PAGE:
The Russian president is full of determination to pursue a wide diplomatic agenda – from coping with the global financial crisis to mending fences with the new us administration.
Medvedev's summit with Barack Obama is expected to provide a historic opportunity for the U.S. and Russia to re-establish trust and work toward a genuine strategic partnership on thorny issues like missile defense, non-proliferation and the war in Afghanistan.
"Without trust, no issues can be resolved. Especially issues as important as those that divide the two big nations," says Masha Lipman of the Carnegie Moscow Center. "So, I think that there is indeed a desire to show good will and at least rhetorically, at least on the surface to demonstrate that there is a desire to improve the relations."
But should Russia's words be taken at face value? Is the man saying them capable of following through on his promises?
"What we have seen lately has been a series of friendly moves of friendly statements or signs, almost immediately followed by something not so friendly," Lipman says.
Last November, President Medvedev was among the G20 leaders who signed a joint declaration in Washington, vowing to reject protectionist measures and not to create new barriers in trade.
(AP Photo/Lionel Cironneau)
Three weeks later, Russia's cabinet issued a decree doing exactly what Medvedev promised not to do. In a move to protect the country's struggling auto industry, the Russian government dramatically raised customs duties on imported cars.
The Kremlin likes to repeat that Russia is a reliable energy partner. But three months ago – when negotiations with Ukraine broke down President Medvedev gave the order to shut off all gas supplies to Ukraine, including transit gas to Europe. As a result, thousands of households were left freezing in the middle of an unusually harsh winter.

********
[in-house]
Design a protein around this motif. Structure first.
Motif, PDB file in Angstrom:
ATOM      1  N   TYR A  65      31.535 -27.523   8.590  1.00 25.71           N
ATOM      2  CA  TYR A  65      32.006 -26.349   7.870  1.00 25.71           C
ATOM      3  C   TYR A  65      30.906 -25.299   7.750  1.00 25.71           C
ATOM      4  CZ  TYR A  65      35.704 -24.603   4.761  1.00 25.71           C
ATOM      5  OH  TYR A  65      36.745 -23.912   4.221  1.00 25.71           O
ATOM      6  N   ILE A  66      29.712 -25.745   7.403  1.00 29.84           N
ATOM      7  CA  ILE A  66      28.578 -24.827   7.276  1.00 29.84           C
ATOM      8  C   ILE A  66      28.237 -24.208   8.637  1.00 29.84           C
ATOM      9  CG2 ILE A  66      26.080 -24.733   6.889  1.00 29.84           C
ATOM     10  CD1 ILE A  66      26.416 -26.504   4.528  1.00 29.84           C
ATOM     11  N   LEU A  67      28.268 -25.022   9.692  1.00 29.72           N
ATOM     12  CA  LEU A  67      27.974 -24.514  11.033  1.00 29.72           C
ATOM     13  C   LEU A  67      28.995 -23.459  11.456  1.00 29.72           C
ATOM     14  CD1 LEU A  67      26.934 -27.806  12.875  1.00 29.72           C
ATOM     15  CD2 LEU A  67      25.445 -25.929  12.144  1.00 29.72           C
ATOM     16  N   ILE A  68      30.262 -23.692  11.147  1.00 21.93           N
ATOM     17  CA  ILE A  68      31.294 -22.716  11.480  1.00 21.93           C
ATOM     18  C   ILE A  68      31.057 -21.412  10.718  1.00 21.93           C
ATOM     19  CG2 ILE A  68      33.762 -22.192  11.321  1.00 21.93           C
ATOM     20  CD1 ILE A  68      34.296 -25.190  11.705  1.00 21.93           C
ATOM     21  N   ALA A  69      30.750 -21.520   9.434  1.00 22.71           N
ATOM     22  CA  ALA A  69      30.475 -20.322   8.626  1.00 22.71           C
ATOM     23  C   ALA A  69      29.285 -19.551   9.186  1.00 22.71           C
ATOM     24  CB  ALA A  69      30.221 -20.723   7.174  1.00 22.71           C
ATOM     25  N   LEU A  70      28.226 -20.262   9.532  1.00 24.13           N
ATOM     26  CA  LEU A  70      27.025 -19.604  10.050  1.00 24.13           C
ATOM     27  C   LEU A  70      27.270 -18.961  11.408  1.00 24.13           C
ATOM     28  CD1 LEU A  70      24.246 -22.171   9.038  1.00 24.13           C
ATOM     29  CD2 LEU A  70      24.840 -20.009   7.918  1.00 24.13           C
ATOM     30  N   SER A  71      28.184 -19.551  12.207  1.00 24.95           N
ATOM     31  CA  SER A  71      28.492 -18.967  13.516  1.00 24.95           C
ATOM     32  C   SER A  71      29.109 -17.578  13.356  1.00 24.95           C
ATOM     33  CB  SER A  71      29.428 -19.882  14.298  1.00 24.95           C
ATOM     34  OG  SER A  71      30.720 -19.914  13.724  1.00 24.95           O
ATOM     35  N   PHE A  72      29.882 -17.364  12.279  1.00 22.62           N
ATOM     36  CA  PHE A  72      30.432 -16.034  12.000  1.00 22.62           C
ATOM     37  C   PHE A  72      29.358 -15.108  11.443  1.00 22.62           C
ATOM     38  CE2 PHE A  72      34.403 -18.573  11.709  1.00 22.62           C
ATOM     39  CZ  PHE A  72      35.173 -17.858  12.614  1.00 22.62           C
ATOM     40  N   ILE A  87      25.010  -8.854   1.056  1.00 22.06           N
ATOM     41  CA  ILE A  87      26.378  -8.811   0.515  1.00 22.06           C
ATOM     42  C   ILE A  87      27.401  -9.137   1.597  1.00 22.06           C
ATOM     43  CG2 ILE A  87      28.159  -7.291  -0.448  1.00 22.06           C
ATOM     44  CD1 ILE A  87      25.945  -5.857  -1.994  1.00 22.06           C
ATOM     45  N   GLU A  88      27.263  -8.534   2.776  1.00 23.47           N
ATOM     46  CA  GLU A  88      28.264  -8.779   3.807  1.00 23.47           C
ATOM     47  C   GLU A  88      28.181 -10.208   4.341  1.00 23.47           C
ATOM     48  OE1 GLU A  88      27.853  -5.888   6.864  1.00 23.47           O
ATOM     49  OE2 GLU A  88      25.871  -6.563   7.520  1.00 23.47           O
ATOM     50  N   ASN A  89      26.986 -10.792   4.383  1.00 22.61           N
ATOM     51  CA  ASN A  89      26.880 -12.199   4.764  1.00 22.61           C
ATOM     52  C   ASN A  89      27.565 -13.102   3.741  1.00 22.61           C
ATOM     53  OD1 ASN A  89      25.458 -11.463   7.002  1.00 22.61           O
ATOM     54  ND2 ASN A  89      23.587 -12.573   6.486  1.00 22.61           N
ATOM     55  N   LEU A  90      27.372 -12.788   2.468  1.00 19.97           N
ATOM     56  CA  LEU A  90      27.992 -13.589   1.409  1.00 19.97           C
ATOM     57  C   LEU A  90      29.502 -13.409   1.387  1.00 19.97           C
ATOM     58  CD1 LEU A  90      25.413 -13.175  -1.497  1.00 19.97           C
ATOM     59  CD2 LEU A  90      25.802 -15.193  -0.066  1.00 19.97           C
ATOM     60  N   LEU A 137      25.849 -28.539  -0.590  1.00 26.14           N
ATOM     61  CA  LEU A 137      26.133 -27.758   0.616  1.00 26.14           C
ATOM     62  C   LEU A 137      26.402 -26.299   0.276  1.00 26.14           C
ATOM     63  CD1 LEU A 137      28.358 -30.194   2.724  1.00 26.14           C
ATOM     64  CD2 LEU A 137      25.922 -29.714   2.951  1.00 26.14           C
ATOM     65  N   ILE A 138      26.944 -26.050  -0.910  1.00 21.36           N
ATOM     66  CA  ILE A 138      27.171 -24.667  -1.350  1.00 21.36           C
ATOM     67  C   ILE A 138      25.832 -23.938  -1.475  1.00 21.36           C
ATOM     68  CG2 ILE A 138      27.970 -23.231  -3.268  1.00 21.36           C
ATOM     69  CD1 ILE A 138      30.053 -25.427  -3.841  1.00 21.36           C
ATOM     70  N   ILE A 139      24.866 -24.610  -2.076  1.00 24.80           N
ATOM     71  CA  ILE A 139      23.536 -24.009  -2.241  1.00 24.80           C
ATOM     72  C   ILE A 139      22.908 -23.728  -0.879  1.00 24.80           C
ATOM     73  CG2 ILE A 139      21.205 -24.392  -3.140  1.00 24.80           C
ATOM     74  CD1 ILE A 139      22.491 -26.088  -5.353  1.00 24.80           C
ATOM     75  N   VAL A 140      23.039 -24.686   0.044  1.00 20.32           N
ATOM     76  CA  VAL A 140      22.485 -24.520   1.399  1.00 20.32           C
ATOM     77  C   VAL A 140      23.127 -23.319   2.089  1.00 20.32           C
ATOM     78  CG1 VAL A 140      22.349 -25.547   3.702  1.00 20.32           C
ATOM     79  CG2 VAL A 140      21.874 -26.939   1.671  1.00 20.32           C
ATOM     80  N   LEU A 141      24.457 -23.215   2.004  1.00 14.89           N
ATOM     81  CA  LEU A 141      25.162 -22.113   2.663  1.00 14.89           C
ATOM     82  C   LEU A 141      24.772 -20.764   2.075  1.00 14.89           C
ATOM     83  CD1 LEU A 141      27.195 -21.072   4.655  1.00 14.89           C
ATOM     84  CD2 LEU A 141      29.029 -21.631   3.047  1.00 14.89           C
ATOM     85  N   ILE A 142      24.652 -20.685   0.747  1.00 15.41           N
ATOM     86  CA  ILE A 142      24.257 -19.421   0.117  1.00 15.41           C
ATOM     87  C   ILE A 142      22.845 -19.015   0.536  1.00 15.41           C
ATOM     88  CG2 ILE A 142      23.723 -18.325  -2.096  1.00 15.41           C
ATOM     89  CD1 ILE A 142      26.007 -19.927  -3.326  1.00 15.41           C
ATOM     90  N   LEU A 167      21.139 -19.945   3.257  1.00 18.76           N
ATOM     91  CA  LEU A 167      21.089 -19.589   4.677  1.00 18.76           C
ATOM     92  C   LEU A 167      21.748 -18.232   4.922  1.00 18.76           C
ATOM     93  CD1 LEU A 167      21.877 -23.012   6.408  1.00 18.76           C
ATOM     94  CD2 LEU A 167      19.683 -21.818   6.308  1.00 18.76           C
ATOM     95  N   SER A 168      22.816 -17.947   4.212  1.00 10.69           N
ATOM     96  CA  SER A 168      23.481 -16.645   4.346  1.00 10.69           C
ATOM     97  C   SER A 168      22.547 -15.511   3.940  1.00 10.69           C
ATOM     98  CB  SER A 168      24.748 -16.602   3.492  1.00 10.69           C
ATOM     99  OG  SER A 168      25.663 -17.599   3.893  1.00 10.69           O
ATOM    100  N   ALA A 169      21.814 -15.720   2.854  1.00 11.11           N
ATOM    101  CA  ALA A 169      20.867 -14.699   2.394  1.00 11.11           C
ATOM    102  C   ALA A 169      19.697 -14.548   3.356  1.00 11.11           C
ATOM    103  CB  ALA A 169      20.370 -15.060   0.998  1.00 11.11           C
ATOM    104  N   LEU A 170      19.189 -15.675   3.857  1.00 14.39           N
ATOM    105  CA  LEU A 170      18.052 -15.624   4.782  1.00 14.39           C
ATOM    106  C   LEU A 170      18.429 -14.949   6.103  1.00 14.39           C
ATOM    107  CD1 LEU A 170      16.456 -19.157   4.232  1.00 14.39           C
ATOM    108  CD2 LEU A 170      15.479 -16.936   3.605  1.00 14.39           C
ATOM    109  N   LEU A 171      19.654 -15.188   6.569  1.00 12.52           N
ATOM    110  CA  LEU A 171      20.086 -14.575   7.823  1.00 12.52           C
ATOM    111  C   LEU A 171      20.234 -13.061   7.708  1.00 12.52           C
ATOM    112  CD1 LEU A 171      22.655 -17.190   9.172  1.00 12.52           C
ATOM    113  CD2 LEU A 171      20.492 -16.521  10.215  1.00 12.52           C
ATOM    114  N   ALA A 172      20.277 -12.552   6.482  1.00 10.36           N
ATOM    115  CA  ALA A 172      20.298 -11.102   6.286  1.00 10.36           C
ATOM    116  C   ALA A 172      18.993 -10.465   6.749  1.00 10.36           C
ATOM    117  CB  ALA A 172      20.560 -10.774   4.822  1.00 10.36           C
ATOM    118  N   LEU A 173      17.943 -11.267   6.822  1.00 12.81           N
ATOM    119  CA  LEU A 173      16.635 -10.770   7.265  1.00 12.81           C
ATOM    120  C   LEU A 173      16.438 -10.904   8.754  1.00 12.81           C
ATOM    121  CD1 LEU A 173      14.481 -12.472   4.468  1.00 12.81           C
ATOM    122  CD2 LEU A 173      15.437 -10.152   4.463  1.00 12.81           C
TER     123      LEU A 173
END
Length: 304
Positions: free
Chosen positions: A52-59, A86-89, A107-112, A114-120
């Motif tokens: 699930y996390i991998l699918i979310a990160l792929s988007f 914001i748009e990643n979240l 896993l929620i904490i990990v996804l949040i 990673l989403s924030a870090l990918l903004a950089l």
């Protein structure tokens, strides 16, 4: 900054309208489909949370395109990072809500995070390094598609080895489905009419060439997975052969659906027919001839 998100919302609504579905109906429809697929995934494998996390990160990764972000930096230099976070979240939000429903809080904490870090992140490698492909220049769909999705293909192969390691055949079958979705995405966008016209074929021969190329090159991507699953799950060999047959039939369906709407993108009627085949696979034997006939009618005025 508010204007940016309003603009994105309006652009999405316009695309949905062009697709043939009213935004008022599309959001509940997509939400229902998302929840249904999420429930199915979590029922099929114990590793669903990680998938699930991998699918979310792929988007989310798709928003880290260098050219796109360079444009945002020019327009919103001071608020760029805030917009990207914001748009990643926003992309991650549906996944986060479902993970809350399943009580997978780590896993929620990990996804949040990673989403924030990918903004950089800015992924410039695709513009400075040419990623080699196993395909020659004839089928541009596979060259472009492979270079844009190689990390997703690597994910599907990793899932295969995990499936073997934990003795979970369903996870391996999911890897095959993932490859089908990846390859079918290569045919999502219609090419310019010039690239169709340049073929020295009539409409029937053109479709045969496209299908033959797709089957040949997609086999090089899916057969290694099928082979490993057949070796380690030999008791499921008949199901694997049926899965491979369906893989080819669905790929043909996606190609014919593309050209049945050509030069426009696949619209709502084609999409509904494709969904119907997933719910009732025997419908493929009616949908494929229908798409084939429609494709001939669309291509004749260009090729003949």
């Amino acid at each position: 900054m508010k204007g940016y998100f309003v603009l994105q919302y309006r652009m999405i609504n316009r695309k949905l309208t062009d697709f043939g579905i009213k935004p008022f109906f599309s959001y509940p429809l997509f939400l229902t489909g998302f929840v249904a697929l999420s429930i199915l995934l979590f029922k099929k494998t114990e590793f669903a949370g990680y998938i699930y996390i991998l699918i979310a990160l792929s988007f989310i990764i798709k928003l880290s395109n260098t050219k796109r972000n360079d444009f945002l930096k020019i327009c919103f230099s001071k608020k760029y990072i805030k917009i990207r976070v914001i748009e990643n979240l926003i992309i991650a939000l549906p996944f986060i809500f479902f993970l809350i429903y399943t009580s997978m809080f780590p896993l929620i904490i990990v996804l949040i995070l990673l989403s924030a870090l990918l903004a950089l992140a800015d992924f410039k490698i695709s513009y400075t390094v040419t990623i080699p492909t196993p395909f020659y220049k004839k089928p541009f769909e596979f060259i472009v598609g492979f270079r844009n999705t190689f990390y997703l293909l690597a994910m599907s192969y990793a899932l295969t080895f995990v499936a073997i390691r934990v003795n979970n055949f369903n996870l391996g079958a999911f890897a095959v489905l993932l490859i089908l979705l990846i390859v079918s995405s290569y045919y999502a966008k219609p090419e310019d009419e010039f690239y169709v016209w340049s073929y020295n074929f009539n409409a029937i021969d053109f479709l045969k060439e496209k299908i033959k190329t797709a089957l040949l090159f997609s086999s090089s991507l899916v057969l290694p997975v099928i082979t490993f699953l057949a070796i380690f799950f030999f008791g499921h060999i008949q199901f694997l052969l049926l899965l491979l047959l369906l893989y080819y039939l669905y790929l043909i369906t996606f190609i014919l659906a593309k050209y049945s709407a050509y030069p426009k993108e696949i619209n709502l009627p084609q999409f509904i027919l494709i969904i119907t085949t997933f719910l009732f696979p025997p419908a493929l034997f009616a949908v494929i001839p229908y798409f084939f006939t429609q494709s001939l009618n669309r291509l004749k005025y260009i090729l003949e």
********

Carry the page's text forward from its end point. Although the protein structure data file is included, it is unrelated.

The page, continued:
Last February, Medvedev expressed optimism about the future of U.S.-Russia relations, signaling Moscow's readiness for cooperation and dialog with Washington.
"The conversation should be open, honest, and I hope productive," Medvedev said. "Our colleagues have sent signals that they want to work together. We are also looking forward to doing that."
But at the same time, Russia appears to be seriously complicating the U.S. military effort in Afghanistan – a $2 billion Russian loan to Kyrgyzstan – likely influenced the decision to close an important U.S. air base there.
Medvedev may be bringing to London the Kremlin's proposals on anything from boosting cooperation to introducing a new global reserve currency. But before going ahead and pressing the "reset" button on U.S.-Russia relations, President Obama should carefully study his counterpart's track record and remember that words – just as appearances – may be deceiving.
In 2001, President George W. Bush said that when he looked Vladimir Putin in the eye he "got a sense of his soul." After that, U.S.-Russia relations proceeded to deteriorate to their lowest point since the collapse of the Soviet Union.
Today, the future of U.S.-Russia relations is in the hands of two new presidents. They won't get a second chance to make a first impression on each other, and their first personal meeting may set the tone of these relations for years to come.